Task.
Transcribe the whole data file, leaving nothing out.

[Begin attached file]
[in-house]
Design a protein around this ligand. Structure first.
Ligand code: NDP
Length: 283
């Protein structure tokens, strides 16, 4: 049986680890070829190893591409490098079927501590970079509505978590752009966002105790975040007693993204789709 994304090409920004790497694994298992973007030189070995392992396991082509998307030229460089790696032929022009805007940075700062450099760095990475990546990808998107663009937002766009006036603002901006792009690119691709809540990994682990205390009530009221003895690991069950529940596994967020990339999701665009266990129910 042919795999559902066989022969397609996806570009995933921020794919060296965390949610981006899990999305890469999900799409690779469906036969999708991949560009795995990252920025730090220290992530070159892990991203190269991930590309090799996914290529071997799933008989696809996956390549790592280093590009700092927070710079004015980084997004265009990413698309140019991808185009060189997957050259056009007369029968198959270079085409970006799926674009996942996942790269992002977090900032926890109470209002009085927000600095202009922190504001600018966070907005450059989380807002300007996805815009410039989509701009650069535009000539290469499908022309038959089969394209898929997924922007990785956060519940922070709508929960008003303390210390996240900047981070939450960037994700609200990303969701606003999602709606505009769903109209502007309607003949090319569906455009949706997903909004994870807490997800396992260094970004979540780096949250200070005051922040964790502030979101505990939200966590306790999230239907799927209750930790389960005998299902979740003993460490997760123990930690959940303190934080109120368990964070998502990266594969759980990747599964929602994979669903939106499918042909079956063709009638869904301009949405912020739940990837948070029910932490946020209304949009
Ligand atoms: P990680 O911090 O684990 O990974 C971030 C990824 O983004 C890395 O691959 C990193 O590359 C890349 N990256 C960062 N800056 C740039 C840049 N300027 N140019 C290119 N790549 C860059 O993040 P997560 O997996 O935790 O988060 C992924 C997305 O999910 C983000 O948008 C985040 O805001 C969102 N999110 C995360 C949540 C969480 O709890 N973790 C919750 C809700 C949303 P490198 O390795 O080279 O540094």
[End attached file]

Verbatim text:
[in-house]
Design a protein around this ligand. Structure first.
Ligand code: NDP
Length: 283
């Protein structure tokens, strides 16, 4: 049986680890070829190893591409490098079927501590970079509505978590752009966002105790975040007693993204789709 994304090409920004790497694994298992973007030189070995392992396991082509998307030229460089790696032929022009805007940075700062450099760095990475990546990808998107663009937002766009006036603002901006792009690119691709809540990994682990205390009530009221003895690991069950529940596994967020990339999701665009266990129910 042919795999559902066989022969397609996806570009995933921020794919060296965390949610981006899990999305890469999900799409690779469906036969999708991949560009795995990252920025730090220290992530070159892990991203190269991930590309090799996914290529071997799933008989696809996956390549790592280093590009700092927070710079004015980084997004265009990413698309140019991808185009060189997957050259056009007369029968198959270079085409970006799926674009996942996942790269992002977090900032926890109470209002009085927000600095202009922190504001600018966070907005450059989380807002300007996805815009410039989509701009650069535009000539290469499908022309038959089969394209898929997924922007990785956060519940922070709508929960008003303390210390996240900047981070939450960037994700609200990303969701606003999602709606505009769903109209502007309607003949090319569906455009949706997903909004994870807490997800396992260094970004979540780096949250200070005051922040964790502030979101505990939200966590306790999230239907799927209750930790389960005998299902979740003993460490997760123990930690959940303190934080109120368990964070998502990266594969759980990747599964929602994979669903939106499918042909079956063709009638869904301009949405912020739940990837948070029910932490946020209304949009
Ligand atoms: P990680 O911090 O684990 O990974 C971030 C990824 O983004 C890395 O691959 C990193 O590359 C890349 N990256 C960062 N800056 C740039 C840049 N300027 N140019 C290119 N790549 C860059 O993040 P997560 O997996 O935790 O988060 C992924 C997305 O999910 C983000 O948008 C985040 O805001 C969102 N999110 C995360 C949540 C969480 O709890 N973790 C919750 C809700 C949303 P490198 O390795 O080279 O540094």